Piero Golia and Fabian Marti

Istituto Svizzero Di Roma

Italian artist Piero Golia and Swiss artist Fabian Marti conceived of their collaboration “Ruins, Regrets and Visible Effects” in an ingenious way: an exhibition on two levels, where the main attraction was the membrane joining the inner and outer areas of an elaborate installation—a liminal space reminiscent of a “third landscape,” a nether- world between natural environment and artificial construction, as formulated by landscape architect Gilles Clément. A twisting architecture of plywood arches, columns, and tunnels—designed by Marti in consultation with Golia—unraveled, like catacombs rising to the surface. The walls were colored in five different tones, reproducing the plays of shadow generally created by exhibition spotlights. The resulting environment was disorienting, not only in its initial impact, but even upon further observation.

The architectural structure became both support and container. The exterior of this armature displayed photographic works from Marti’s series “To Be Titled under the Influence,” 2009, as well as ceramics created in situ during his residency at the Swiss Institute in Rome. These are objects with defined but malleable forms—distorted vases, but also ashtrays and a large dog striking a pose (TINMLO MZL IOM RF MJTJSM, 2009). Foregrounding the originally soft material, the artist allows his process to remain apparent: Signs of manipulation are visible and any equilibrium appears precarious. The sculptures were scattered around the structure, covered in incomprehensible writing (the titles of the works), and thus attested to Marti’s tenacious display of expressive freedom, an optimistic openness to free association. A duality based on the use of superimposition prevails in both the sculptures and the photographs. While the sculptures, with their black-and-white palette and glazed surfaces, become akin to images of the objects they represent, the photographs instead tend toward a sense of three-dimensionality. Combining found images or his own pictures into collages of unrelated scenes (their surfaces sometimes covered in dust), Marti digitally scans the resulting arrangements to create photographic images of spatial ambiguity, playing with our sense of depth.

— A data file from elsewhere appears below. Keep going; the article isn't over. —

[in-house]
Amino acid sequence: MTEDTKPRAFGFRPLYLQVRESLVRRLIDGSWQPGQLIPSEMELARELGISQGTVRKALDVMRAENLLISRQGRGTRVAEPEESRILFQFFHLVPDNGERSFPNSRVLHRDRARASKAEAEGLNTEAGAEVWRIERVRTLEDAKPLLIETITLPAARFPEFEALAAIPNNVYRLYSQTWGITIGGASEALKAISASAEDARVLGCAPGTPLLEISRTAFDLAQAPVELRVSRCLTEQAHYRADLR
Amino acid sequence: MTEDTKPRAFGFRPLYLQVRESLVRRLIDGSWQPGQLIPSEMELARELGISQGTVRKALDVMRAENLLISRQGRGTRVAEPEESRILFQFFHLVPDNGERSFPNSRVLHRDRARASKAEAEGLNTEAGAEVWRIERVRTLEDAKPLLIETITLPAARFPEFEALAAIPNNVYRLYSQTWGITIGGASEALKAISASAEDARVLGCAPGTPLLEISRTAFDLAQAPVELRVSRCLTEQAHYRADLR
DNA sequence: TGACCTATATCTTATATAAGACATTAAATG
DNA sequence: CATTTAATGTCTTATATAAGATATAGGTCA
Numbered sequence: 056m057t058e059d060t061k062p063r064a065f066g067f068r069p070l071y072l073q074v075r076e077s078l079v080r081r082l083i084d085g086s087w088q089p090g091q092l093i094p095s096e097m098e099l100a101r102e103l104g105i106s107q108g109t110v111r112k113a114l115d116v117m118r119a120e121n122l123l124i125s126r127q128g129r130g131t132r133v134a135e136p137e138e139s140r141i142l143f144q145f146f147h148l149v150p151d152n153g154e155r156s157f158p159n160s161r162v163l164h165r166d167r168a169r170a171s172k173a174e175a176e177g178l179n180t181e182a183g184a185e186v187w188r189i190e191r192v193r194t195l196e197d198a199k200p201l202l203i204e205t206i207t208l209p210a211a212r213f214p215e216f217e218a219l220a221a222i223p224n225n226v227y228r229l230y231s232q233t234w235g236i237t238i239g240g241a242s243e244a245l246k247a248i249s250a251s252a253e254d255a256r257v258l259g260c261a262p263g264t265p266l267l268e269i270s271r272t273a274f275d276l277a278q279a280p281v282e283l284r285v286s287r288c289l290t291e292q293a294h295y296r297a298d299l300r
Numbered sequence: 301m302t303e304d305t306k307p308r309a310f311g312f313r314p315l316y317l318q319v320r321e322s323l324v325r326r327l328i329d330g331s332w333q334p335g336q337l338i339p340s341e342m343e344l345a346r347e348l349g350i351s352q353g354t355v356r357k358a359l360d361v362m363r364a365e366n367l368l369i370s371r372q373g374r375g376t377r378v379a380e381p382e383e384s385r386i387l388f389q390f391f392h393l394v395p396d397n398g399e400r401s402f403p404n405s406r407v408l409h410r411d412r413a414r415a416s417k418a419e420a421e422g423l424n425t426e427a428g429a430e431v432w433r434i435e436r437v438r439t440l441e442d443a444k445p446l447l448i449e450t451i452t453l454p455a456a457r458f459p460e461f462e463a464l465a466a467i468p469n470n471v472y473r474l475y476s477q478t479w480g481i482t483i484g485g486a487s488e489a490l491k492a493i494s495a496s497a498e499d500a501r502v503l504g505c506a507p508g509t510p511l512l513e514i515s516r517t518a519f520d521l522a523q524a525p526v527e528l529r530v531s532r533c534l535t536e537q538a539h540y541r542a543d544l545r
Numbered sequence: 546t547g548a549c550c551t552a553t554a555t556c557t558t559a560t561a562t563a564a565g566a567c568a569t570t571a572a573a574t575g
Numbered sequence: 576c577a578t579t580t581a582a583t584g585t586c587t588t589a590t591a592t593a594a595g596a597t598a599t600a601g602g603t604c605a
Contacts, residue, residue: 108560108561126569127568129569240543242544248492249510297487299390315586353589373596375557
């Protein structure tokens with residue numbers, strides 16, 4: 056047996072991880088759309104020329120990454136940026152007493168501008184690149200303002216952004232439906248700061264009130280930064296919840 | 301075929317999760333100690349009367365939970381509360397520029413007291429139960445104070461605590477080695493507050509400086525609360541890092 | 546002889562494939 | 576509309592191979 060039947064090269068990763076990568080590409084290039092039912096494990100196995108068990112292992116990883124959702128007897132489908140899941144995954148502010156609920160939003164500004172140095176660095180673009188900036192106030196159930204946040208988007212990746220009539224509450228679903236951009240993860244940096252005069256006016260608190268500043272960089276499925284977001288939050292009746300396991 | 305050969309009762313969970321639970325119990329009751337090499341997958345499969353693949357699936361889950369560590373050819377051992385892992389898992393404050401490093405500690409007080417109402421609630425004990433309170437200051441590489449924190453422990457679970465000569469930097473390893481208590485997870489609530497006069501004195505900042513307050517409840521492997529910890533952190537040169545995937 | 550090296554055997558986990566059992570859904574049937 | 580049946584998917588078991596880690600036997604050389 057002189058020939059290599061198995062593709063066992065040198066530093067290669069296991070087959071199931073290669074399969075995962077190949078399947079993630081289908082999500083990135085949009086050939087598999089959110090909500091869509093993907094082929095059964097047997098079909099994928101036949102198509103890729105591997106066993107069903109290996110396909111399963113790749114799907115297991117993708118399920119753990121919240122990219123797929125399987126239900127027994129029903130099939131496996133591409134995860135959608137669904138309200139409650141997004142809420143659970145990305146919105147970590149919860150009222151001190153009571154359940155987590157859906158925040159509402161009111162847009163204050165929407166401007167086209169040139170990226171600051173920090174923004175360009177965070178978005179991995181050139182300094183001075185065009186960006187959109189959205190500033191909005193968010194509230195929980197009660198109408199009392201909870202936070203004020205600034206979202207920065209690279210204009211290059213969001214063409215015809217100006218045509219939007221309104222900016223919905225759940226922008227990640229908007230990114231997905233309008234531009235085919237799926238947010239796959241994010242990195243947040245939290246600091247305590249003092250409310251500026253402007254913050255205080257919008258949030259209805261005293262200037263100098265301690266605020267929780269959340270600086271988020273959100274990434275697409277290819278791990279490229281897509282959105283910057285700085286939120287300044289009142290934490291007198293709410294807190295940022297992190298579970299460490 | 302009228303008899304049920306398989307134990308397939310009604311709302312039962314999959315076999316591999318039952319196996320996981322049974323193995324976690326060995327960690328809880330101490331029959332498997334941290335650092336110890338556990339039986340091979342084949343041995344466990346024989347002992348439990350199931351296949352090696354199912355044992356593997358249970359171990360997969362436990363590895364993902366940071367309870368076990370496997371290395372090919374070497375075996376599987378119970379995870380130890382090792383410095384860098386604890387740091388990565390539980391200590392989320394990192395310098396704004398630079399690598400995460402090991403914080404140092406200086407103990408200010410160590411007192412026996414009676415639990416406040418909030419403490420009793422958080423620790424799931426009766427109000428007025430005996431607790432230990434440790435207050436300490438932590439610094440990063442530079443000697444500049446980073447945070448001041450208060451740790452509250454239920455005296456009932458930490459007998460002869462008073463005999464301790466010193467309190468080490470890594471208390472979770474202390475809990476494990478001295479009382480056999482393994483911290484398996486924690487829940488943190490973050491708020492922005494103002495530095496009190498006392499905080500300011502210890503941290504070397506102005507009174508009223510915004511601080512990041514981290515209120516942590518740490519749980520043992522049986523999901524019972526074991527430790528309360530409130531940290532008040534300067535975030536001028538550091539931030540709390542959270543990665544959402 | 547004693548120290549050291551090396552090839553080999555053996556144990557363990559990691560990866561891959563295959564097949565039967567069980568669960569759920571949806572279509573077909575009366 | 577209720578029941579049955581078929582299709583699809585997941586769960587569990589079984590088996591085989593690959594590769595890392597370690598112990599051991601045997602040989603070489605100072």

A roughly two-foot-wide opening in one of these photographs led inside the structure; crawling into the shadows amid the odor of wood, one came upon seven hidden works by Golia. The viewer unexpectedly confronted pieces such as 19 Mercedes Hood Stars Ring, 2005, a framed, circular chain of Mercedes-Benz hood stars, and Concrete Cube with Juicer, 2007, a Philippe Starck fruit juicer set in concrete with its legs protruding, all created recently but rarely or never exhibited. The arrangement formed an atemporal passage through this artist’s oeuvre, removed from the context of Marti’s formal references to the early twentieth-century avant-gardes, with their allusions to the scientistic and the subcultural. Rather, Golia’s sequestered work turned inward, toward a personal past, one culled from the oxymorons and artifacts of American popular culture. Not only visible but also invisible ruins, a kind of postindustrial melancholy, remained.

Francesco Stocchi

Translated from Italian by Marguerite Shore.